Thursday, February 19, 2015

We'd love to help, but, you know...

I’m thrilled to say that I now have a co-teacher for my horrible remediation classes.  I don’t know that she’s much help yet, but that’s mostly because I’ve taken a proactive approach to discipline.  Piss me off, and you’re leaving the room.  I don’t care about writing the student up (but I will) or even contacting their parents (though I do), but if you’re disrupting my class, get the hell out.

I can’t figure out whether students today are used to acting out or if it’s a socio-economic thing.  Realistically, not all these kids are poor.  But they act like they were raised in a barn. 

I had a meeting a week ago with two administrators who were “concerned” about my sending kids to the office.  I told them what I said above – sometimes the kid needs to get the hell out so others can learn.  They wanted to talk about my classroom management style, but I didn’t.  My style is fine.  If you give me 60 kids with serious attention and behavior issues, it doesn’t matter what my style is.  By the way, my style is now falling under “drill sergeant/borderline police officer with anger management issues.”
“What about giving them incentives?”  Did it already.  They didn’t care.  “What about meeting with them individually and going over their scores?”  Did it too.  They’re convinced that if they passed the STAAR test on the third try, it means they’re just as smart as anyone else.  “Did you contact the parents?”  Yes, and I’ve gotten no response.  “You could try to make the lessons more fun and play some games.”  Did that as well, and half the class refused to participate.  The other half began to throw things and wrestle with each other.  “Tell them if they finish five lessons in a week, they can have free time.”  They don’t WANT to finish the lessons because they’re too short-sighted to realize what’s at stake.  They want to goof off NOW.  “Well, you can’t send them to the office.  That’s what they want, to get out of class!”  Uh, no they don’t.  They want to stay in class and waste time because that’s where their friends are.  Sitting in the office under a principal secretary’s watchful eye is boring, and they don’t want to do that. Plus, no one's around to hear their various witty remarks, like "you suck!"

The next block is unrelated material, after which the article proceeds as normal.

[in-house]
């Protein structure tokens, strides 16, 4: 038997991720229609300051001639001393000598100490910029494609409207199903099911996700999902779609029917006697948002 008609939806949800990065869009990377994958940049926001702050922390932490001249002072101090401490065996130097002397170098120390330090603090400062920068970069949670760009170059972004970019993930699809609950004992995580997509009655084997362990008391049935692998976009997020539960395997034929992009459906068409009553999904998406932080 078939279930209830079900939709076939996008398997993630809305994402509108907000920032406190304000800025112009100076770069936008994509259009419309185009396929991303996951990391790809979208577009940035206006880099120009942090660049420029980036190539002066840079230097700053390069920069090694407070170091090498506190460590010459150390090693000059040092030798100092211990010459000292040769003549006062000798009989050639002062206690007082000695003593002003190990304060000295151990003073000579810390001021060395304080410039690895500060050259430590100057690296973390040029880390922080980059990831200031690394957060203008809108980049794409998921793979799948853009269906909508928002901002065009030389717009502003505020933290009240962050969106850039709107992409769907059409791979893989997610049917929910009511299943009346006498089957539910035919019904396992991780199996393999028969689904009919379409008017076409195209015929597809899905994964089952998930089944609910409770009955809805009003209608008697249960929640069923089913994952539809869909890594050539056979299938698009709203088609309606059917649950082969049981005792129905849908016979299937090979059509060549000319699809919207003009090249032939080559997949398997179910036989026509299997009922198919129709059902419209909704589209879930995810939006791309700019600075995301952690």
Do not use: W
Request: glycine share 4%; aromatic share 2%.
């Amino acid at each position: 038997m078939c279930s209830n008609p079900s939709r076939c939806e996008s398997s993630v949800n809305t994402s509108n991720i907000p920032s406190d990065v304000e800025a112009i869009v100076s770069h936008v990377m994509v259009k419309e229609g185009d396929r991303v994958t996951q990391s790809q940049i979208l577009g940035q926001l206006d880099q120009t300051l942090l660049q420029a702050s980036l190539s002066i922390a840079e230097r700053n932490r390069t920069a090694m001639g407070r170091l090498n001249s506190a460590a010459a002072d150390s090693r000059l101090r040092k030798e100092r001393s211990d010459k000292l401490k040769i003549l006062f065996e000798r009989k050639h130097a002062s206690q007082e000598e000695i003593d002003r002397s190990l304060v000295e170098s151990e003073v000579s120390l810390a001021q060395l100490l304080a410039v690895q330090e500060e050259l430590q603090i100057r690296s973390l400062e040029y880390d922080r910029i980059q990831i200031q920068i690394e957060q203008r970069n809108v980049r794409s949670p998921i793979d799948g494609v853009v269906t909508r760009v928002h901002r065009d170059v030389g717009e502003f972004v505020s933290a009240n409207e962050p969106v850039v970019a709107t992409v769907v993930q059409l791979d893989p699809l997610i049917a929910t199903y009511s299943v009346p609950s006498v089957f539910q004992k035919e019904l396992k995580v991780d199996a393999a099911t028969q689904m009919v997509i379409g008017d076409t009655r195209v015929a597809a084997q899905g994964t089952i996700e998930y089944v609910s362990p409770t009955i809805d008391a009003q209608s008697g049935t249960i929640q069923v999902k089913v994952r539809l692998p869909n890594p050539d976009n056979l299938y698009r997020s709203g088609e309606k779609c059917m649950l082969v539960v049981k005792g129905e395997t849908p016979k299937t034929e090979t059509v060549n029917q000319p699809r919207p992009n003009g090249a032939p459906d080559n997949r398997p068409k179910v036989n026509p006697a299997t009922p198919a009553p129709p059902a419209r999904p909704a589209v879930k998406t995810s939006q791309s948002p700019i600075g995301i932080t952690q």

I think what both irritates and amuses me about this “discipline strategy meeting” is that it’s coming from two administrators who are younger than me, and who clearly have no idea what teenagers are like.  Realistically, dealing with teenagers is like dealing with toddlers – the whining, the fits, the requests for ice cream and toys all the time.  These aren’t rational adults. 

Come to think of it, our administrators aren’t rational adults either.  If they’re so good at discipline and have all the answers, why on earth did our school have such a disastrous discipline assembly?  One administrator read aloud from a PowerPoint about all the bad things that would happen if you broke the rules.  The kids squirmed in their seats, talked, threw things and played with the phones they aren’t supposed to have.   Kind of seemed like they were, you know, breaking the rules. 

I could have done something or said something, but I didn’t.  I’m just a teacher who doesn’t understand how to discipline effectively.